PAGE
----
Related Tags

Faster than light

Faster than light

For all that hoped in 2011 to find neutrino to travel faster than light, the 2012 confirmation of the mistake in the measurement and final confirmation that neutrino behaves in accordance with special relativity (not travelling faster than light) was a kind of anticlimax. Unlike few of us, that knew in advance that scientific measurement embedded in the 21st century could not in principle find any stuff travelling faster than light and at the same time that there should in principle exist a physical (material) realm in which particles do not behave in accordance to special relativity and can travel faster than light. We should claim this not only from the philosophical point of view but as much supported by gaps like Gödel’s incompleteness theorems, quantum entanglement, black hole or cosmic inflation in the early universe.

The last sentence claims that philosophy is as much a science as physics. Both occupy Mobius strip so that they are all the time distinct if you consider an isolated part of a strip but simultaneously transgress one to another if you carry the strip longitudinally.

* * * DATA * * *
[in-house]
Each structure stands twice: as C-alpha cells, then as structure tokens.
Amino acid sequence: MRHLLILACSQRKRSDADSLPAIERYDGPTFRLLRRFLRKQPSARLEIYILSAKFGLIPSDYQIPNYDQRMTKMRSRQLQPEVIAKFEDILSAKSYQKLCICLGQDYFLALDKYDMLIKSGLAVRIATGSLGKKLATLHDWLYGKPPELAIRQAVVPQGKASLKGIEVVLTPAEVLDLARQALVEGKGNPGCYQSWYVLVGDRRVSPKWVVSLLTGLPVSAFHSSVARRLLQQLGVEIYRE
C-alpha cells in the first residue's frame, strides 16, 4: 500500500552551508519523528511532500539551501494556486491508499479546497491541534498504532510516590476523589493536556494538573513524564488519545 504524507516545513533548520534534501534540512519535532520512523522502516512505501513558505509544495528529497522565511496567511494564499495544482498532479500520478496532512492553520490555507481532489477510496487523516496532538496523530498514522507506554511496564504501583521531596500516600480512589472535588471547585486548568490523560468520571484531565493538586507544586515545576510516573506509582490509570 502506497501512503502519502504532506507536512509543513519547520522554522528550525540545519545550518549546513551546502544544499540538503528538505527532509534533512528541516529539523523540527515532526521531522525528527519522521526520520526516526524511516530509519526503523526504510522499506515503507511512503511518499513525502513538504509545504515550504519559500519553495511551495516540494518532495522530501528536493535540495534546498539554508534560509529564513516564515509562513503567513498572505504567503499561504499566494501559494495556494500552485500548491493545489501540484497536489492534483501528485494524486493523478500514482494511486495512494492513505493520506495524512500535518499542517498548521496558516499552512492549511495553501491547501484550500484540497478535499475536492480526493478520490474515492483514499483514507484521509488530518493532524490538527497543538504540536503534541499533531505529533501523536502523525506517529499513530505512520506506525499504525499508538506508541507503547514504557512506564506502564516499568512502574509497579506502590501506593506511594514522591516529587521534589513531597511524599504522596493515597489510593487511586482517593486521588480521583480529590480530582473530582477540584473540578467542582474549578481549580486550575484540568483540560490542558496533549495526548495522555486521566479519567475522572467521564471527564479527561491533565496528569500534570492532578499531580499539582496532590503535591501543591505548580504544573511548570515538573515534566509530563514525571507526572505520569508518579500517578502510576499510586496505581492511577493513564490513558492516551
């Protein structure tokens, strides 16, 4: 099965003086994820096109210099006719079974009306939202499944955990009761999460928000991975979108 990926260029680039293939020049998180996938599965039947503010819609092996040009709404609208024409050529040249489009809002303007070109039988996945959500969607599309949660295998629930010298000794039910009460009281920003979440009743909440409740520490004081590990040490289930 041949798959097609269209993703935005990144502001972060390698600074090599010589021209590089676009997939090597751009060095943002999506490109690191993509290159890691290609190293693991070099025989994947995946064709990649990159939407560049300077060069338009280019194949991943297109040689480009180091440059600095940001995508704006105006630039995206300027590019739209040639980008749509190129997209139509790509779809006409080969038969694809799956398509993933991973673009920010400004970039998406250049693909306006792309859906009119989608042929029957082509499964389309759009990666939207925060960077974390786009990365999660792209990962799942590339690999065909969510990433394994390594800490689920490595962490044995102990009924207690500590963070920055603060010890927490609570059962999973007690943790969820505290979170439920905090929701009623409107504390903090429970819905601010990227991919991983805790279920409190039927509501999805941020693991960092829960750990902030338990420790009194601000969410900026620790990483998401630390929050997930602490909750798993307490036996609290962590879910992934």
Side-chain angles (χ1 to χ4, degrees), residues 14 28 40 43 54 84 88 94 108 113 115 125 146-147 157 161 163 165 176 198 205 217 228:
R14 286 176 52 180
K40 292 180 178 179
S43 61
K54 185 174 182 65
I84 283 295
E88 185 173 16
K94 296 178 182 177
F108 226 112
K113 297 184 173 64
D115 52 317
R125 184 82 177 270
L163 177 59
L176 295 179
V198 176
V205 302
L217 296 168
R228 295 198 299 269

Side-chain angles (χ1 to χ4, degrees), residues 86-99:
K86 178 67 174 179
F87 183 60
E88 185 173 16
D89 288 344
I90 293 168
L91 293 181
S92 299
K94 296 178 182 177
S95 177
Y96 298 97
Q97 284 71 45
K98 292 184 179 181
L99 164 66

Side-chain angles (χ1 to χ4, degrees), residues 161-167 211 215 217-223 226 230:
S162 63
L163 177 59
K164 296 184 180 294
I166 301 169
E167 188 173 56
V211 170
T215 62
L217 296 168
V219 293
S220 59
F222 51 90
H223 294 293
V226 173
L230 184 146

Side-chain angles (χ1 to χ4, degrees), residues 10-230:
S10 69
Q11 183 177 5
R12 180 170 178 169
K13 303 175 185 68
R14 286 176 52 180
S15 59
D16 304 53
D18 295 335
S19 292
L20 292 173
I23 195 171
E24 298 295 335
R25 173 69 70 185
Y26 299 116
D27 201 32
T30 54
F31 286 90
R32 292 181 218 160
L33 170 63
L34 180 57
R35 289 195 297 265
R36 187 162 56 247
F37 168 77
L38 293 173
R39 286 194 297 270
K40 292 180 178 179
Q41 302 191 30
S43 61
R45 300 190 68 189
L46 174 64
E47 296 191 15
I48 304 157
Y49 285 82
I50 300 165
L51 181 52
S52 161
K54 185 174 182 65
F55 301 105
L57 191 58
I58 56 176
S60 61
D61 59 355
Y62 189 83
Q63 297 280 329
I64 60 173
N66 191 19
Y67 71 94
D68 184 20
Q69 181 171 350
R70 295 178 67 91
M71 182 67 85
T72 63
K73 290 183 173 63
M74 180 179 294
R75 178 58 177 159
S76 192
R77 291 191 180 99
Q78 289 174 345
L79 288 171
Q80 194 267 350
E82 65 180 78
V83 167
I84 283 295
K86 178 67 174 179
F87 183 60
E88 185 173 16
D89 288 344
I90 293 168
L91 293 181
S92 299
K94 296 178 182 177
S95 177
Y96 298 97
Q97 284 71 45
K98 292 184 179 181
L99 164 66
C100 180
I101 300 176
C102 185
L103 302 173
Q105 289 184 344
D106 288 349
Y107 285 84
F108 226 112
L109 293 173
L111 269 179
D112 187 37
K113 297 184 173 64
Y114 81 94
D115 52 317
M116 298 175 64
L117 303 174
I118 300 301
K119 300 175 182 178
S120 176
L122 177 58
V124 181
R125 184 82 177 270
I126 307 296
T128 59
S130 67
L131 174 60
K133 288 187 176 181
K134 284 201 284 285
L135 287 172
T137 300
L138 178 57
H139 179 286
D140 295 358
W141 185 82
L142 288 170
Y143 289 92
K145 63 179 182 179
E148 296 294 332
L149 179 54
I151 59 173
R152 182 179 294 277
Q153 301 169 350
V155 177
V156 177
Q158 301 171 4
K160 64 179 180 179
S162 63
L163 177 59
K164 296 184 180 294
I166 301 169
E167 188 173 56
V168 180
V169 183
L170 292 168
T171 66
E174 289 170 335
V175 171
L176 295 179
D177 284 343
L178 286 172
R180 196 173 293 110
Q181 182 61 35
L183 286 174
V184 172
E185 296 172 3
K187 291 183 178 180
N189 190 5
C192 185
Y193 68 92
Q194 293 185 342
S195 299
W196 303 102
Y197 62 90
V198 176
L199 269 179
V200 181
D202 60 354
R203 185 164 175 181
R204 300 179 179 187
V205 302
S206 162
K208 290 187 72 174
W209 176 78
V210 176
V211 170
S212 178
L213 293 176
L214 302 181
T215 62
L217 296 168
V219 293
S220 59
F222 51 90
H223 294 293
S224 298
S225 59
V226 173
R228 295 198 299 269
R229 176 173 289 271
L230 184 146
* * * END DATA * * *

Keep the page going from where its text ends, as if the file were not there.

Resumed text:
The aim is not the science

Bear in mind that present discussion is not essential for the sake of science. Science as such is already history. Science as such is doomed since it cannot explain itself from the scientific point of view, as Gödel proved so clearly and irrefutably. This discussion is vital for our memetic environment, which is defined only by such false scientific discourse. We should finally understand the link between the scientific virus and our babbling about democracy, freedoms, inequality and other topics that, in the last instance, define what our everyday life looks like. When we take false scientific presumptions as axioms, we behave like when we ignore the solidity of glass on the base of its transparency for one significant difference: when we trespass glass, we immediately feel pain, while when we daily misplace scientific obscurity for its apparent transparency, we feel enlightened on the short run not noticing devastating effects on the longer run.

Let us take a few lessons here only since many more of them are to be found around this blog.

There is no fixed background

At the moment when Lee Smolin pointed so clearly to the fallacy of fixed background as an inherent fallacy of all modern age theories, including Einstein’s, it should be clear that understanding anything as being fixed is, in fact, wrong. That does not mean that speed of light is not fixed and measurable, but that the theory that claims anything (including the speed of light) represents a fixed background is wrong in principle. To say that anything is the fastest, the largest, the smallest, the whatever… and that this constant represents a theory background is wrong in principle.